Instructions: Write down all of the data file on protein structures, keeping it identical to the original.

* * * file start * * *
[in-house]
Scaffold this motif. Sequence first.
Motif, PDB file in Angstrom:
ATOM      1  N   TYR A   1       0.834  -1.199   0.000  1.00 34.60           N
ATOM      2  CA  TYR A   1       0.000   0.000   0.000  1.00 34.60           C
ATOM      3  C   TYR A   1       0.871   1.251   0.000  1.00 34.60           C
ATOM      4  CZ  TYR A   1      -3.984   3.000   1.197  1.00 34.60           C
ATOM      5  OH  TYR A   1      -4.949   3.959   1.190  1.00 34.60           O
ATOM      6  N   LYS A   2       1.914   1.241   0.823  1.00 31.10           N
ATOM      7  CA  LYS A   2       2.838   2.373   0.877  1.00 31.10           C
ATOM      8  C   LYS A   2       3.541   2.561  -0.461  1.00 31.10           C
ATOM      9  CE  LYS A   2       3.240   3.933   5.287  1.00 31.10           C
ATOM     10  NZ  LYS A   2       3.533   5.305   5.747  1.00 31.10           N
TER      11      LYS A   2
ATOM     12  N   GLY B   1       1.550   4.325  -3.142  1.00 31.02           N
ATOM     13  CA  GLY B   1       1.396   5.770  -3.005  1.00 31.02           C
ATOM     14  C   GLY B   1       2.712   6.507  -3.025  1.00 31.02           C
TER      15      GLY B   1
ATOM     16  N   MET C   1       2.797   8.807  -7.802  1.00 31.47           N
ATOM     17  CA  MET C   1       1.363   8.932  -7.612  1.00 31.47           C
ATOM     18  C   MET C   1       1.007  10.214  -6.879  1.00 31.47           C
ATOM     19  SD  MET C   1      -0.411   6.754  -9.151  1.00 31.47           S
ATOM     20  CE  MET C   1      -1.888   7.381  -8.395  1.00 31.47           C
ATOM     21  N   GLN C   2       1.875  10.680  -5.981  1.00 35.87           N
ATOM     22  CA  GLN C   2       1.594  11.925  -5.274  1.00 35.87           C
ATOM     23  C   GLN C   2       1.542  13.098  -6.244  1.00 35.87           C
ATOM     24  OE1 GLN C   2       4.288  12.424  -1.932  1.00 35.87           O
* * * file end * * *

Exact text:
[in-house]
Scaffold this motif. Sequence first.
Motif, PDB file in Angstrom:
ATOM      1  N   TYR A   1       0.834  -1.199   0.000  1.00 34.60           N
ATOM      2  CA  TYR A   1       0.000   0.000   0.000  1.00 34.60           C
ATOM      3  C   TYR A   1       0.871   1.251   0.000  1.00 34.60           C
ATOM      4  CZ  TYR A   1      -3.984   3.000   1.197  1.00 34.60           C
ATOM      5  OH  TYR A   1      -4.949   3.959   1.190  1.00 34.60           O
ATOM      6  N   LYS A   2       1.914   1.241   0.823  1.00 31.10           N
ATOM      7  CA  LYS A   2       2.838   2.373   0.877  1.00 31.10           C
ATOM      8  C   LYS A   2       3.541   2.561  -0.461  1.00 31.10           C
ATOM      9  CE  LYS A   2       3.240   3.933   5.287  1.00 31.10           C
ATOM     10  NZ  LYS A   2       3.533   5.305   5.747  1.00 31.10           N
TER      11      LYS A   2
ATOM     12  N   GLY B   1       1.550   4.325  -3.142  1.00 31.02           N
ATOM     13  CA  GLY B   1       1.396   5.770  -3.005  1.00 31.02           C
ATOM     14  C   GLY B   1       2.712   6.507  -3.025  1.00 31.02           C
TER      15      GLY B   1
ATOM     16  N   MET C   1       2.797   8.807  -7.802  1.00 31.47           N
ATOM     17  CA  MET C   1       1.363   8.932  -7.612  1.00 31.47           C
ATOM     18  C   MET C   1       1.007  10.214  -6.879  1.00 31.47           C
ATOM     19  SD  MET C   1      -0.411   6.754  -9.151  1.00 31.47           S
ATOM     20  CE  MET C   1      -1.888   7.381  -8.395  1.00 31.47           C
ATOM     21  N   GLN C   2       1.875  10.680  -5.981  1.00 35.87           N
ATOM     22  CA  GLN C   2       1.594  11.925  -5.274  1.00 35.87           C
ATOM     23  C   GLN C   2       1.542  13.098  -6.244  1.00 35.87           C
ATOM     24  OE1 GLN C   2       4.288  12.424  -1.932  1.00 35.87           O